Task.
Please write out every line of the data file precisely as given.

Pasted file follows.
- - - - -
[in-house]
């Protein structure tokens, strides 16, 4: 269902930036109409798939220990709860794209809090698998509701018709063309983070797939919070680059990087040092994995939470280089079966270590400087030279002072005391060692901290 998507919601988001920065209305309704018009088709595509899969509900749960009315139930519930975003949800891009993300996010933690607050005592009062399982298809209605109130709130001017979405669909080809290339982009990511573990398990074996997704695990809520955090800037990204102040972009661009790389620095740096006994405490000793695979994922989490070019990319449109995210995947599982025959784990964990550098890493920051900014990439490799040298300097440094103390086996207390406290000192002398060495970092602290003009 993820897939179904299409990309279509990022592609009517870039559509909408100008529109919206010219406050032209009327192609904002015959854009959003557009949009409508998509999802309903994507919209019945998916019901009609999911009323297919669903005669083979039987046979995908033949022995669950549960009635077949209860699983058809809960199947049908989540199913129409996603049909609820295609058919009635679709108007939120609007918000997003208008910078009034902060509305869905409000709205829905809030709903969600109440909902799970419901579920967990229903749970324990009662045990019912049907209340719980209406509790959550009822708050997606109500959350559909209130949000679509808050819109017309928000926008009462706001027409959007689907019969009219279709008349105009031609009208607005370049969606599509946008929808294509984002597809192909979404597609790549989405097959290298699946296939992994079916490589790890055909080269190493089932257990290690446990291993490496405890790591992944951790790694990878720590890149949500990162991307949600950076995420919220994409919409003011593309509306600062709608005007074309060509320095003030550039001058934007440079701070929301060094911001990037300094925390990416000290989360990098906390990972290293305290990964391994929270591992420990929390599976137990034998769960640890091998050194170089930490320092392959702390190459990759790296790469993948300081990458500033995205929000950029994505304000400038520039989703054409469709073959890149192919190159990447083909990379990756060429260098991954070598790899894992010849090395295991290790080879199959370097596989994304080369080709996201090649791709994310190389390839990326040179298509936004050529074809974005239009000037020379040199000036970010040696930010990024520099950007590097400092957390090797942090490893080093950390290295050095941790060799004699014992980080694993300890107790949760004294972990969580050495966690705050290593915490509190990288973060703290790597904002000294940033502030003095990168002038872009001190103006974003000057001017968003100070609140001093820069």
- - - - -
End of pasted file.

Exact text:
[in-house]
């Protein structure tokens, strides 16, 4: 269902930036109409798939220990709860794209809090698998509701018709063309983070797939919070680059990087040092994995939470280089079966270590400087030279002072005391060692901290 998507919601988001920065209305309704018009088709595509899969509900749960009315139930519930975003949800891009993300996010933690607050005592009062399982298809209605109130709130001017979405669909080809290339982009990511573990398990074996997704695990809520955090800037990204102040972009661009790389620095740096006994405490000793695979994922989490070019990319449109995210995947599982025959784990964990550098890493920051900014990439490799040298300097440094103390086996207390406290000192002398060495970092602290003009 993820897939179904299409990309279509990022592609009517870039559509909408100008529109919206010219406050032209009327192609904002015959854009959003557009949009409508998509999802309903994507919209019945998916019901009609999911009323297919669903005669083979039987046979995908033949022995669950549960009635077949209860699983058809809960199947049908989540199913129409996603049909609820295609058919009635679709108007939120609007918000997003208008910078009034902060509305869905409000709205829905809030709903969600109440909902799970419901579920967990229903749970324990009662045990019912049907209340719980209406509790959550009822708050997606109500959350559909209130949000679509808050819109017309928000926008009462706001027409959007689907019969009219279709008349105009031609009208607005370049969606599509946008929808294509984002597809192909979404597609790549989405097959290298699946296939992994079916490589790890055909080269190493089932257990290690446990291993490496405890790591992944951790790694990878720590890149949500990162991307949600950076995420919220994409919409003011593309509306600062709608005007074309060509320095003030550039001058934007440079701070929301060094911001990037300094925390990416000290989360990098906390990972290293305290990964391994929270591992420990929390599976137990034998769960640890091998050194170089930490320092392959702390190459990759790296790469993948300081990458500033995205929000950029994505304000400038520039989703054409469709073959890149192919190159990447083909990379990756060429260098991954070598790899894992010849090395295991290790080879199959370097596989994304080369080709996201090649791709994310190389390839990326040179298509936004050529074809974005239009000037020379040199000036970010040696930010990024520099950007590097400092957390090797942090490893080093950390290295050095941790060799004699014992980080694993300890107790949760004294972990969580050495966690705050290593915490509190990288973060703290790597904002000294940033502030003095990168002038872009001190103006974003000057001017968003100070609140001093820069």